Despite reports of certain strains of hybrid rice failing in China over the last few years, Changsha county in Hunan province has been praised for making a success of the high-yielding crops.
Hybrid rice accounts for 85 percent of the 540,000 mu (36,000 hectares) of rice fields in the county and can yield as much as 30 percent more than non-hybrid varieties.
A delegation of eight academicians of the Chinese Academy of Sciences and Chinese Academy of Engineering visited the county on Sept 27 as part of their research on agricultural development there.
Chen Liyun (R1), professor of Hunan Agricultural University, presents the cultivation of rice in Changsha county to the academicians, on Sept 27. [Photo by Jiang Zhibin/csxnews.com]
They visited Jiangbei and Qingshanpu, two towns that have developed a reputation for yielding large amounts of rice and successfully breeding seeds from strong crop varieties.
The academicians also spoke highly of the county's method of planting rice over two seasons. Early rice is planted between February and April and harvested 90 to 120 days after being sowed. Farmers then plant late varieties of rice as soon as early varieties are harvested. After a longer breeding cycle, late rice is harvested in October and November.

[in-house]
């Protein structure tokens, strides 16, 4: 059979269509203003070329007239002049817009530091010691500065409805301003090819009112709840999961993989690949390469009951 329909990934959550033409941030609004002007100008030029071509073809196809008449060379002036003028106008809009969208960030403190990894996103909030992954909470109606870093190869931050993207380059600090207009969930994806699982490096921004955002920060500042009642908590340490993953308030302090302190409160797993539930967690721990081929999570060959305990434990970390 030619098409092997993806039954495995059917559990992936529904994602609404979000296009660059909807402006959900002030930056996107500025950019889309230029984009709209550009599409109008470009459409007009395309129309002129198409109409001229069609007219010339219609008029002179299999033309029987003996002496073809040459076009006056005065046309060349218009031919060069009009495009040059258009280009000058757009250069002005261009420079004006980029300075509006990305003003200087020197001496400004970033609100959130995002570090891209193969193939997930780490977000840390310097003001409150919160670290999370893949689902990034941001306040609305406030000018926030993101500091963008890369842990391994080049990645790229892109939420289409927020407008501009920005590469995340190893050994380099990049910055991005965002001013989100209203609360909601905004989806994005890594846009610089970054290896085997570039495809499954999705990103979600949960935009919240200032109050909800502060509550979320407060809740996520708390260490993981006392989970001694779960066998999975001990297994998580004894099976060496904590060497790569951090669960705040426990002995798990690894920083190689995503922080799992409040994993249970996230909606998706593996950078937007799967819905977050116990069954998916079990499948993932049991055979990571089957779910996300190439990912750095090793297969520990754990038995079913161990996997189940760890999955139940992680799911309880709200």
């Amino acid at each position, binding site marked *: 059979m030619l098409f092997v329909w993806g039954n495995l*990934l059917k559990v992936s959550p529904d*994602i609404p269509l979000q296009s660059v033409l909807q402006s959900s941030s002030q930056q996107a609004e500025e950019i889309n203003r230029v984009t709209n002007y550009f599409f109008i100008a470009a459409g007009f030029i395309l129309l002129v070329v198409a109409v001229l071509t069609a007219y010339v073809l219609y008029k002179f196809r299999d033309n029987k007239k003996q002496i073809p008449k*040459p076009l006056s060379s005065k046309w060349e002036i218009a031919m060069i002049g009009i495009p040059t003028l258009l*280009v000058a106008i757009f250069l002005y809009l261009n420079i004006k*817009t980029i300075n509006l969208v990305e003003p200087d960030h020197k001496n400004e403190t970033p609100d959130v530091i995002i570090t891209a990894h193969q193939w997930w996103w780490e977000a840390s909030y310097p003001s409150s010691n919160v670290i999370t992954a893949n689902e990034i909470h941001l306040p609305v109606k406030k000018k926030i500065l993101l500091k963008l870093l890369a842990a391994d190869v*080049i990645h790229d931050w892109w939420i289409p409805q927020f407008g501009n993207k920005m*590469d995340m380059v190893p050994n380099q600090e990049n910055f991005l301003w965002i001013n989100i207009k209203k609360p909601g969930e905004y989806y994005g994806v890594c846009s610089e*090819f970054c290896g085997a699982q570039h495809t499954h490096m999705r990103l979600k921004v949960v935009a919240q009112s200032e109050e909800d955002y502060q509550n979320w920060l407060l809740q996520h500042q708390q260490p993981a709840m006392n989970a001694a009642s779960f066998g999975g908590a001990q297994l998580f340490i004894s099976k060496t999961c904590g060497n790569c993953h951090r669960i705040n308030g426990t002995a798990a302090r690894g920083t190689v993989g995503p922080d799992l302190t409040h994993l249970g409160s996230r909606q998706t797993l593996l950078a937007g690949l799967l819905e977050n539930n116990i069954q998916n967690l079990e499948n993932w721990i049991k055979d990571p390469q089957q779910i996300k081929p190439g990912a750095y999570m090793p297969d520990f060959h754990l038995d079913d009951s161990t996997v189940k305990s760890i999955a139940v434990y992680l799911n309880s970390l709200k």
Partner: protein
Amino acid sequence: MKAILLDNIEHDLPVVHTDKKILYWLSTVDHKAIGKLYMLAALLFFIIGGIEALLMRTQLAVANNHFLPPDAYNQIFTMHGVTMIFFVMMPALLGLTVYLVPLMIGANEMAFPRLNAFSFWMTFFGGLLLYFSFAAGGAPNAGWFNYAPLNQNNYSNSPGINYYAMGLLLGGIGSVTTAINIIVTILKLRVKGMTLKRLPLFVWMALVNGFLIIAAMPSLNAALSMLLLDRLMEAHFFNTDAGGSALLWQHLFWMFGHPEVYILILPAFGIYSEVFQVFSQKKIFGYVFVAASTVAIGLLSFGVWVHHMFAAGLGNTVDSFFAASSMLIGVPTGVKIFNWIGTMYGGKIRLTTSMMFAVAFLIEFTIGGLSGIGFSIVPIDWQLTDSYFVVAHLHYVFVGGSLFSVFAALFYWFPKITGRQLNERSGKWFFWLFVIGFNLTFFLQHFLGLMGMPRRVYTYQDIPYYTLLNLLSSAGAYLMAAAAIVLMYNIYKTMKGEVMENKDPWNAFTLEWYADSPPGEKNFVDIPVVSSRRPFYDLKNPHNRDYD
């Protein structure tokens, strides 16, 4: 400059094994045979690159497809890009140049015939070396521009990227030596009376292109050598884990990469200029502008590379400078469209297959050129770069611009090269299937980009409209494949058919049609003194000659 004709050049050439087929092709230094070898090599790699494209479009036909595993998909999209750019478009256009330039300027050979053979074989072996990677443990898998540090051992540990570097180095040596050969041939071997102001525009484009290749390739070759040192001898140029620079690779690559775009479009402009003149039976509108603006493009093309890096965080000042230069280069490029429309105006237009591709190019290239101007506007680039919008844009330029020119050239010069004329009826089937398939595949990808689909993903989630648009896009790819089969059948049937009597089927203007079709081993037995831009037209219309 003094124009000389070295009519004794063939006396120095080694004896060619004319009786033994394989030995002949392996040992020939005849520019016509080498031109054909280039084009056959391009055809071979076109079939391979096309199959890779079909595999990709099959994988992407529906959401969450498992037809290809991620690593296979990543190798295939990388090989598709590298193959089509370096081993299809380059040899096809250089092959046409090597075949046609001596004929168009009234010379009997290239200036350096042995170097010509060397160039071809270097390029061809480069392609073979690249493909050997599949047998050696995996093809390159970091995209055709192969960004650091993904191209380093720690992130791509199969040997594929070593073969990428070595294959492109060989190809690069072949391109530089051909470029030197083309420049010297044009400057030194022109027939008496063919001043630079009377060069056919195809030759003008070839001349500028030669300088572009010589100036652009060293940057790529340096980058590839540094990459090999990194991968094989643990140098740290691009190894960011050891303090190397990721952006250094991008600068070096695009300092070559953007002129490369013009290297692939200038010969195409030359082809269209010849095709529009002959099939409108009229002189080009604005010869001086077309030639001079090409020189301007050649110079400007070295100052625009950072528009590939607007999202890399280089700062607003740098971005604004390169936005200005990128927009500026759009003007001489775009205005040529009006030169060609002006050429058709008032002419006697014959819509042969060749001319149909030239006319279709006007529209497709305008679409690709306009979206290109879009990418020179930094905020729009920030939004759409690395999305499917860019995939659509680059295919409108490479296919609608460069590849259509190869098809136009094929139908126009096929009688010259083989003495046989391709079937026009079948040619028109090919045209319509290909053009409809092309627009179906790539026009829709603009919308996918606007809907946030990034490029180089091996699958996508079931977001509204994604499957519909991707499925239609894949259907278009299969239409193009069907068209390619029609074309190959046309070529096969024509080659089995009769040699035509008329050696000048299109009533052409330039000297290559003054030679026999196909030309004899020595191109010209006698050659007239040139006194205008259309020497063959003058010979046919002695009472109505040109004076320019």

"Two seasons of rice can improve both the yield and quality," said Guan Chunyun, an academician of Chinese Academy of Engineering.
"The county's planting mode is worthy of spreading and promoting in the whole country."
China is the world's largest producer of rice and is around 90 percent self-sufficient; it imported 2.58 million tons in 2014, partly due to a larger demand from high-income customers to buy more fragrant varieties from neighboring countries.
(From China Daily, 2016-09-30)